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Checking your Brain for Gait Concerns: June 13, 2019

You do it in a second without even thinking---but doctors say there’s a lot that has to happen before you take a step. “The brain has to fire and say you want to walk. It has to stimulate the part of the brain that is responsible for making a step. It has to go down the brain stem to the spinal cord. It has to go through the neuromuscular junction and then stimulate the nerve and then go to the muscle,” explained Dr. Jon Brillman, a neurologist with Lee Health.

But if people are having trouble with their balance or their gait, doctors may use blood work and brain images to determine where the problem starts. “There are orthopedic problems, diseases of the spine, diseases of the hips, there are aches and pains, there’s loss of proprioception, there’s neuropathy that affects the feet, there are disturbances of vestibular function, so you might have dizziness that affects your walking,” Dr. Brillman said.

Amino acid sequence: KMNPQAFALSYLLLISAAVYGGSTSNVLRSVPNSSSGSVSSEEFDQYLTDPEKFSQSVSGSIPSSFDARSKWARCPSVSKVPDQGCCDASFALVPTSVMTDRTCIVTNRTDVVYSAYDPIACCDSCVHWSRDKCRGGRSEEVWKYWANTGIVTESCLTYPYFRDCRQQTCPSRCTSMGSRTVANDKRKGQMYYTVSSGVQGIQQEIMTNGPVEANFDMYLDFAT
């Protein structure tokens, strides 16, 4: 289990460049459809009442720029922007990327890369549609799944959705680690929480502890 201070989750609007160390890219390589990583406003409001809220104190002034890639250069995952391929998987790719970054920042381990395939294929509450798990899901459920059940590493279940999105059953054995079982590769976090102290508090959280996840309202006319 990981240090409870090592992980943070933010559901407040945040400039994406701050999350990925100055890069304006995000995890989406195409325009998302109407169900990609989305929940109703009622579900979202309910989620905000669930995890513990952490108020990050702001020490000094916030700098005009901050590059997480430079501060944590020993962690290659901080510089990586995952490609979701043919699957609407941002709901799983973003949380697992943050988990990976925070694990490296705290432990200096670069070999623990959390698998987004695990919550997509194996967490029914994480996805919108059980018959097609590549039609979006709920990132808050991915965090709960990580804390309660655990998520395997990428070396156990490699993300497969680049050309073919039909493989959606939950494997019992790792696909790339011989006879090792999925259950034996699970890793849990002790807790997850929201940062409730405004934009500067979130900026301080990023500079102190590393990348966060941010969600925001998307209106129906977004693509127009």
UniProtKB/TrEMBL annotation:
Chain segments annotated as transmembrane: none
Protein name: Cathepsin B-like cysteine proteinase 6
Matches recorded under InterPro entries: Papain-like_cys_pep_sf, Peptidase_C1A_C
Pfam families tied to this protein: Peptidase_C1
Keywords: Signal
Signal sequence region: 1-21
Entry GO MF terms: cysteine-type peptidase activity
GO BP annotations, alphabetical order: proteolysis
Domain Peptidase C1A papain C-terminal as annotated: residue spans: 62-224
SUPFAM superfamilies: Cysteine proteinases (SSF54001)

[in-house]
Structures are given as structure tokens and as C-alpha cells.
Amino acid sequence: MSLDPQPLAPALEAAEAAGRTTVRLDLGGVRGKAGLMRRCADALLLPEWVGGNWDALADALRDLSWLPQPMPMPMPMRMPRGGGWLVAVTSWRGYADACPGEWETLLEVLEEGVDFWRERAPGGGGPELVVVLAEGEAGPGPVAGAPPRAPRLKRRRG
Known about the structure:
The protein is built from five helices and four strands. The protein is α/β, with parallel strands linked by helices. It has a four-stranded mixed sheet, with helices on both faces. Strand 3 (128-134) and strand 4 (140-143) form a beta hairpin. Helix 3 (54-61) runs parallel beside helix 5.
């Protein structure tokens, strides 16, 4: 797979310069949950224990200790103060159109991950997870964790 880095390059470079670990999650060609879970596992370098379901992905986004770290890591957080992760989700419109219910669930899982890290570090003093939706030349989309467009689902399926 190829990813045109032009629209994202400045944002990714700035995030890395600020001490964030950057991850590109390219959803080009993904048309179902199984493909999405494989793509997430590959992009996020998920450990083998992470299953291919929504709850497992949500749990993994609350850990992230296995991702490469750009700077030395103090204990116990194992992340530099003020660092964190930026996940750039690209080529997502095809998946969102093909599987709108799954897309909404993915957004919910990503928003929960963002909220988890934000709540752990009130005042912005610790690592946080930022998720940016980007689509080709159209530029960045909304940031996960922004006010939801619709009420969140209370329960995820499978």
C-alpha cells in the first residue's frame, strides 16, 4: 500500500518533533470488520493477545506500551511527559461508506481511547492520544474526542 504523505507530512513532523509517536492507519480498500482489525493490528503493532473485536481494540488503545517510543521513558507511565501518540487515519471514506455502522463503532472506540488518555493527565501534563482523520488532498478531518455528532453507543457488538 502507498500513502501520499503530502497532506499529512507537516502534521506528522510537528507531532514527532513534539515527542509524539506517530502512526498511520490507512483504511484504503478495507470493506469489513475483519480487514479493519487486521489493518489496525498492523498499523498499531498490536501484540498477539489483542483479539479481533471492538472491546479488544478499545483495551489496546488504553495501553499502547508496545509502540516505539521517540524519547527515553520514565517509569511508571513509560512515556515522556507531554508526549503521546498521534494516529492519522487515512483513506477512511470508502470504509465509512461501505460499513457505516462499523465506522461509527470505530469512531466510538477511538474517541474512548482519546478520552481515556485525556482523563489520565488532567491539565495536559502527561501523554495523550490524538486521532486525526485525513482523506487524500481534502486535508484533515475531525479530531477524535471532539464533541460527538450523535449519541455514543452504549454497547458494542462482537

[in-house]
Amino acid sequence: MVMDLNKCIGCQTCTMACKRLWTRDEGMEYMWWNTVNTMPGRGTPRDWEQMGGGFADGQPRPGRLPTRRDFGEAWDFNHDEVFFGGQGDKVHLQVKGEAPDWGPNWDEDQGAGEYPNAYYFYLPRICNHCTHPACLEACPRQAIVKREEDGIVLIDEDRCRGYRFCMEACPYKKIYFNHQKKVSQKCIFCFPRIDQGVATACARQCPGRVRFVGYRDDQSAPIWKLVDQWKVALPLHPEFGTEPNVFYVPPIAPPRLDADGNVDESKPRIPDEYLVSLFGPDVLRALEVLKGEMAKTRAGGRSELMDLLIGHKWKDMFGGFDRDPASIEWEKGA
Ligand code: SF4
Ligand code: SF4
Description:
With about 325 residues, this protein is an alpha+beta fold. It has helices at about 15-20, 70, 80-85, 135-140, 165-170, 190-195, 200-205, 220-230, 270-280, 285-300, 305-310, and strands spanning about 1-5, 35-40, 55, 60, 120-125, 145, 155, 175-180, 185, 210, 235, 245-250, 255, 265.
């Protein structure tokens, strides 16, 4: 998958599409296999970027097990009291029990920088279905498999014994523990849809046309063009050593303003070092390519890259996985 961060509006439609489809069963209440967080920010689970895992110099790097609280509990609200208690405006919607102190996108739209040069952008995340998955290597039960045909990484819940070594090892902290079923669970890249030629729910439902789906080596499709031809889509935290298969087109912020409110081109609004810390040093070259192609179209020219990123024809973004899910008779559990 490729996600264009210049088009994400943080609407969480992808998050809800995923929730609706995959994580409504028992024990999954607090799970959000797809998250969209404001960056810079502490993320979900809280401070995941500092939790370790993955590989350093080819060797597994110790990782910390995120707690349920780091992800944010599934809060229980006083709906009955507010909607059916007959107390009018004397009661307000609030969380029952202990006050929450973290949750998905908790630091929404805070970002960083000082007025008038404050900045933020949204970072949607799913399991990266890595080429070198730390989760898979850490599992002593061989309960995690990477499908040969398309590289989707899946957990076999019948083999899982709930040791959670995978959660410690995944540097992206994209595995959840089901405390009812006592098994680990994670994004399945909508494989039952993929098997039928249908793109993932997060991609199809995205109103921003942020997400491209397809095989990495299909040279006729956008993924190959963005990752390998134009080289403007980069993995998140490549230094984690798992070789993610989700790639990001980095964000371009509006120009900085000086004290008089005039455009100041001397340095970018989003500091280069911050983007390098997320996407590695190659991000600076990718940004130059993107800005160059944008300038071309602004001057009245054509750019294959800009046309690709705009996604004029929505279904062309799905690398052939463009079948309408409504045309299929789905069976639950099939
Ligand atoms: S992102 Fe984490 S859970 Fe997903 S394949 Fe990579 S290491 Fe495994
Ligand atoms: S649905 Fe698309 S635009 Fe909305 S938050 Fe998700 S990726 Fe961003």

Other times, things like age and vitamin deficiencies can cause gait problems. “As you get older, to be honest, the brain shrinks, and the part of the brain that’s responsible for thinking is affected, as well as walking,” he said.

Determining what’s causing the problem can help patients get the treatment they need before they have a serious accident. “It is very common, especially in our patient population in South Florida. Many of these people are on blood thinners too, and that, of course, exacerbates the problem should they fall because it could bleed into their hip or get a blood clot on their brain,” said Dr. Brillman. Making it important to address with your doctor any changes to your balance or gait.


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